Thursday, September 8, 2011

OT Soap Box- Handwriting

It seems like the schools these days are forced to push kids beyond what they may be able to do.   You know, Kindergarten is the new first grade, Pre school is the new K.  But the problem is, you can't rush development.  Think back to basic child development classes that you may have taken.  There is a basic neurological development of fine motor and visual motor skills.  If you skip teaching these skills, the children often will struggle understanding more complex tasks.

As an occupational therapist in a public school setting, I see it more often than not.  What is the first letter you learn? A.  Two diagonal lines.  These kids are 3 years old.  Developmentally, a 3 year old may be able to form vertical and horizontal lines and a circle.  A 3 year old may struggle with the A because he hasn't developed the diagonal, crossing midline corner to corner.

So what do you do?  Well, luckily there are people, many of them OTs and teachers, who recognize this.  And some of those people have developed programs.  One of my favorites: Handwriting without Tears.   HWT is Jan Olsen's baby.  She is an OT who developed the program after her son struggled tearfully with his writing.  Jan was able to break the concepts down into a fun, practical and consistent technique that both kids and adults can use.  It was only in the past few years that a pre-k program was developed, but it has become a staple in my personal approach.
Mudge and Mat Man

I'll share a are a few key components.  
1. Because the little ones are in fact, little, HWT (and I) encourage use of small crayons.  Break them.  Its OK. And it may be cathartic.  Using small pieces promotes grasp development into eventually a "Tripod" or "Quadropod" grasp.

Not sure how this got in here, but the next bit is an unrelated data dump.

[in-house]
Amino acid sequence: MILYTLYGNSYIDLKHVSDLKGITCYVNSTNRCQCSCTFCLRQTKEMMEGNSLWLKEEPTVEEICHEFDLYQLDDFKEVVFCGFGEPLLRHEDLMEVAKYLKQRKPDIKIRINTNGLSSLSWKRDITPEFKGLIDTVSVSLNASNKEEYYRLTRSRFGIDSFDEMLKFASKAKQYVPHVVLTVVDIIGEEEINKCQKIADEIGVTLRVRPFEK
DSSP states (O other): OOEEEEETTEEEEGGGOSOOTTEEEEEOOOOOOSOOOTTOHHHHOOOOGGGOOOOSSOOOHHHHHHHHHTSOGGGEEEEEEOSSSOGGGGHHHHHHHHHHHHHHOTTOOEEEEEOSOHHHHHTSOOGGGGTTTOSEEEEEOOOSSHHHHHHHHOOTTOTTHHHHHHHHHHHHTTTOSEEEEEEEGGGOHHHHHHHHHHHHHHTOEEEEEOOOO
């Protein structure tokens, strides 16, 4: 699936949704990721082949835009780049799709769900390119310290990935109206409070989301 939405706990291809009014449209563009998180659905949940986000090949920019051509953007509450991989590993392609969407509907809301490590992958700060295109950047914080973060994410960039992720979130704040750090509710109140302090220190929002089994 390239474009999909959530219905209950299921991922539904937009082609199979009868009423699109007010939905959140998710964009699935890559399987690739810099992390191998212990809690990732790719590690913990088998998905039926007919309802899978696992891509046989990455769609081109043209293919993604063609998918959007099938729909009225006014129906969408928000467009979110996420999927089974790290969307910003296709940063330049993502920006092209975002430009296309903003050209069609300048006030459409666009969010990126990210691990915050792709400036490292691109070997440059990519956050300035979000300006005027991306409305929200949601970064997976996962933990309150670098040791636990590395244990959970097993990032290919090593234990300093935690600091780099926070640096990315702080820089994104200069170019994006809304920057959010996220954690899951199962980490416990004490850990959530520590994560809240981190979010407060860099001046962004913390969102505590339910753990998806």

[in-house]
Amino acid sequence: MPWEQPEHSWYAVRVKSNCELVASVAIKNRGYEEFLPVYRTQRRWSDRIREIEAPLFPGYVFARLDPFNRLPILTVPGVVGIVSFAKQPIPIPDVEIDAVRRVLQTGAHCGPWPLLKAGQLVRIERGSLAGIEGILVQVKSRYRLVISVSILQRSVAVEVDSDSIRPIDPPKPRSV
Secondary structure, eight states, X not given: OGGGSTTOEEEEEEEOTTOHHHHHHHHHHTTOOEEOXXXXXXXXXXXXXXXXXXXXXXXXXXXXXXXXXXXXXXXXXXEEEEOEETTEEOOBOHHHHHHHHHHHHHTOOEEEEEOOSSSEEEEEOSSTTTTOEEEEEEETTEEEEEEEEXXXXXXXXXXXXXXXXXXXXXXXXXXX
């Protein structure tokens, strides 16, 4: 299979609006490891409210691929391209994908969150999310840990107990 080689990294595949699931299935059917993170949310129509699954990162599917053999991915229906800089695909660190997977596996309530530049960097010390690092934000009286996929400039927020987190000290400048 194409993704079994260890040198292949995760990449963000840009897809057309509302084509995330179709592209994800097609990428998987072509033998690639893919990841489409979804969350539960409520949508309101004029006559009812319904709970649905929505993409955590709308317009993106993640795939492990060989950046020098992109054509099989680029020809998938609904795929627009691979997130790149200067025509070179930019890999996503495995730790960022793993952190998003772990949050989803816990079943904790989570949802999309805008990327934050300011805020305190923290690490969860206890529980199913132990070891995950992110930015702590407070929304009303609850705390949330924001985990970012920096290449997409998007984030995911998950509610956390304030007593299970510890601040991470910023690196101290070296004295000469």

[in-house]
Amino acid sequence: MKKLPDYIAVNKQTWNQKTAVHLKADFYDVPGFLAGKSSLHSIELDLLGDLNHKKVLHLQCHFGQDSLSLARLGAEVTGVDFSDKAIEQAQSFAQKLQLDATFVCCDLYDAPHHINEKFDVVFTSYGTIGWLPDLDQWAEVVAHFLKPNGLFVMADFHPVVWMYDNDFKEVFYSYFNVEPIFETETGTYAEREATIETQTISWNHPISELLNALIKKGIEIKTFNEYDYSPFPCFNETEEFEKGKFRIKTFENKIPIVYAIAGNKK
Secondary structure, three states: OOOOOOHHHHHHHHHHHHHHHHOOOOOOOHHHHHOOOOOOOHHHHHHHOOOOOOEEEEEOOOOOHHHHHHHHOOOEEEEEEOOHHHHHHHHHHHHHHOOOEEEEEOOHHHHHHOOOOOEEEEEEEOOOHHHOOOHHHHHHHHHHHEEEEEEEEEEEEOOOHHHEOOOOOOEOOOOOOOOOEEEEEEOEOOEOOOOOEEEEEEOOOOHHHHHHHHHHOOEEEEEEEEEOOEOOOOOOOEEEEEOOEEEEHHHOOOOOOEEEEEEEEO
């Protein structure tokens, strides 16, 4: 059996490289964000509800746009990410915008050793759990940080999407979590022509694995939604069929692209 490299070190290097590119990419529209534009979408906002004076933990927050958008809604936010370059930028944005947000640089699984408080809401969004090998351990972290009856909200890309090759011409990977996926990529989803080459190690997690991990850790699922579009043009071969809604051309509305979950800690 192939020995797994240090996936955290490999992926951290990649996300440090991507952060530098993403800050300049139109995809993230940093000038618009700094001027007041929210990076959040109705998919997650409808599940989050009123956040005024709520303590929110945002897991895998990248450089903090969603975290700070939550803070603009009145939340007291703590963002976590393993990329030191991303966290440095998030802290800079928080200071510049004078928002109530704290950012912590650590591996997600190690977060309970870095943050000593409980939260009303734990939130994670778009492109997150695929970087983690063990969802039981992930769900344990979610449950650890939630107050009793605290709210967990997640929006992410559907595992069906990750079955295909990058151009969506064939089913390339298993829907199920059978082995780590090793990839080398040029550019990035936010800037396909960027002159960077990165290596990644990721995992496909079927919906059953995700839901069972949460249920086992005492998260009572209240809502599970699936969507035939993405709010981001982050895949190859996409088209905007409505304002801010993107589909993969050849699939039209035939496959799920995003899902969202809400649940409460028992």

2. Teach capitals first.  They are the same size.  They all start at the top.  
3. Use consistent language.  You can form you capitals with 4 simple concepts, Big/Little Lines and curves.  
4. Have fun and make it playful with music and movement.  Kids are multi-sensory learners.
Taping paper to the wall or an easel also helps to place the wrist in a better position to help the child use the inner muscles of the hand.  It also puts it directly in front of them, for better visual attention as well as encouraging the helper hand to stabilize
There is sooooo much more to handwriting than just a pencil and paper.  Language, cognition, position of the body, strength, coordination, vision, sensation, and the list goes on and on.  If one of these aspects is lagging, than chances are the overall outcome will be less than desirable.  If you think your child is struggling, becoming frustrated, not wanting to participating in crayon and paper activities, talk to his/her teacher or daycare provider.  See how (if) they are teaching Pre Writing concepts.  Then determine if something is missing.  If you think your child needs extra help, don't be afraid to ask.  You are your child's best advocate.  There are plenty of things out there.  Check out sites like Handwriting Without Tear, your local school department or child outreach for tips and contacts.

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